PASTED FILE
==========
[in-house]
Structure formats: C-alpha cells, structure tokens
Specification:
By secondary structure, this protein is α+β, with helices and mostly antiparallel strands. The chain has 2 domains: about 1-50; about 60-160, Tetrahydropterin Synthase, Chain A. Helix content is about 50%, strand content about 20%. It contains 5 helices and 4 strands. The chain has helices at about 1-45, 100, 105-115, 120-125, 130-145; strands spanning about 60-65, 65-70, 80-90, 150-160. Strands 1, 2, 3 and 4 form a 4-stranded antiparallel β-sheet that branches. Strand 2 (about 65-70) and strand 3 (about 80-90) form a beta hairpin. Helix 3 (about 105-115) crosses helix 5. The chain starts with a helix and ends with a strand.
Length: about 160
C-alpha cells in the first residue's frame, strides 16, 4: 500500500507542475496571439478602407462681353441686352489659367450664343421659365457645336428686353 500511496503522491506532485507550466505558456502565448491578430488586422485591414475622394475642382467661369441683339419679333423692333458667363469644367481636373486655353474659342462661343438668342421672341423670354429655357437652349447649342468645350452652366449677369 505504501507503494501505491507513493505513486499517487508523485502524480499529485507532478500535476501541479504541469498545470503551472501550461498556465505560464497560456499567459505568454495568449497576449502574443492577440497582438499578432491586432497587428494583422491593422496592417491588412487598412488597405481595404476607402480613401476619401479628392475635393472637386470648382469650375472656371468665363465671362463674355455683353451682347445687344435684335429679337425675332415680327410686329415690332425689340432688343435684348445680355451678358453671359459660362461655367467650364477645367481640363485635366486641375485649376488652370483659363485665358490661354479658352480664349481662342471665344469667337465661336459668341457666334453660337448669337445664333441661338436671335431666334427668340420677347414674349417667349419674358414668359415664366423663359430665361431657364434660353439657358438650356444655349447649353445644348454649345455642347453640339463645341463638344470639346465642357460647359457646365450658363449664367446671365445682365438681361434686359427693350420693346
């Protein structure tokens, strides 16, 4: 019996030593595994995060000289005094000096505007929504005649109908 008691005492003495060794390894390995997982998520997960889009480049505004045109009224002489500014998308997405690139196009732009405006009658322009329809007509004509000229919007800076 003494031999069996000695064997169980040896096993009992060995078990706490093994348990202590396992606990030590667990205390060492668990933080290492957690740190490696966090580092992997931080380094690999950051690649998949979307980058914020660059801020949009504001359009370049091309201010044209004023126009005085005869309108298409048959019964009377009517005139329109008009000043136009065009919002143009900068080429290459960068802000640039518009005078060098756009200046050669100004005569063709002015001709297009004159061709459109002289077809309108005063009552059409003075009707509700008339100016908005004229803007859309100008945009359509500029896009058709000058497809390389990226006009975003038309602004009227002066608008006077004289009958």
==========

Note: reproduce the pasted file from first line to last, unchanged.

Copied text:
[in-house]
Structure formats: C-alpha cells, structure tokens
Specification:
By secondary structure, this protein is α+β, with helices and mostly antiparallel strands. The chain has 2 domains: about 1-50; about 60-160, Tetrahydropterin Synthase, Chain A. Helix content is about 50%, strand content about 20%. It contains 5 helices and 4 strands. The chain has helices at about 1-45, 100, 105-115, 120-125, 130-145; strands spanning about 60-65, 65-70, 80-90, 150-160. Strands 1, 2, 3 and 4 form a 4-stranded antiparallel β-sheet that branches. Strand 2 (about 65-70) and strand 3 (about 80-90) form a beta hairpin. Helix 3 (about 105-115) crosses helix 5. The chain starts with a helix and ends with a strand.
Length: about 160
C-alpha cells in the first residue's frame, strides 16, 4: 500500500507542475496571439478602407462681353441686352489659367450664343421659365457645336428686353 500511496503522491506532485507550466505558456502565448491578430488586422485591414475622394475642382467661369441683339419679333423692333458667363469644367481636373486655353474659342462661343438668342421672341423670354429655357437652349447649342468645350452652366449677369 505504501507503494501505491507513493505513486499517487508523485502524480499529485507532478500535476501541479504541469498545470503551472501550461498556465505560464497560456499567459505568454495568449497576449502574443492577440497582438499578432491586432497587428494583422491593422496592417491588412487598412488597405481595404476607402480613401476619401479628392475635393472637386470648382469650375472656371468665363465671362463674355455683353451682347445687344435684335429679337425675332415680327410686329415690332425689340432688343435684348445680355451678358453671359459660362461655367467650364477645367481640363485635366486641375485649376488652370483659363485665358490661354479658352480664349481662342471665344469667337465661336459668341457666334453660337448669337445664333441661338436671335431666334427668340420677347414674349417667349419674358414668359415664366423663359430665361431657364434660353439657358438650356444655349447649353445644348454649345455642347453640339463645341463638344470639346465642357460647359457646365450658363449664367446671365445682365438681361434686359427693350420693346
């Protein structure tokens, strides 16, 4: 019996030593595994995060000289005094000096505007929504005649109908 008691005492003495060794390894390995997982998520997960889009480049505004045109009224002489500014998308997405690139196009732009405006009658322009329809007509004509000229919007800076 003494031999069996000695064997169980040896096993009992060995078990706490093994348990202590396992606990030590667990205390060492668990933080290492957690740190490696966090580092992997931080380094690999950051690649998949979307980058914020660059801020949009504001359009370049091309201010044209004023126009005085005869309108298409048959019964009377009517005139329109008009000043136009065009919002143009900068080429290459960068802000640039518009005078060098756009200046050669100004005569063709002015001709297009004159061709459109002289077809309108005063009552059409003075009707509700008339100016908005004229803007859309100008945009359509500029896009058709000058497809390389990226006009975003038309602004009227002066608008006077004289009958």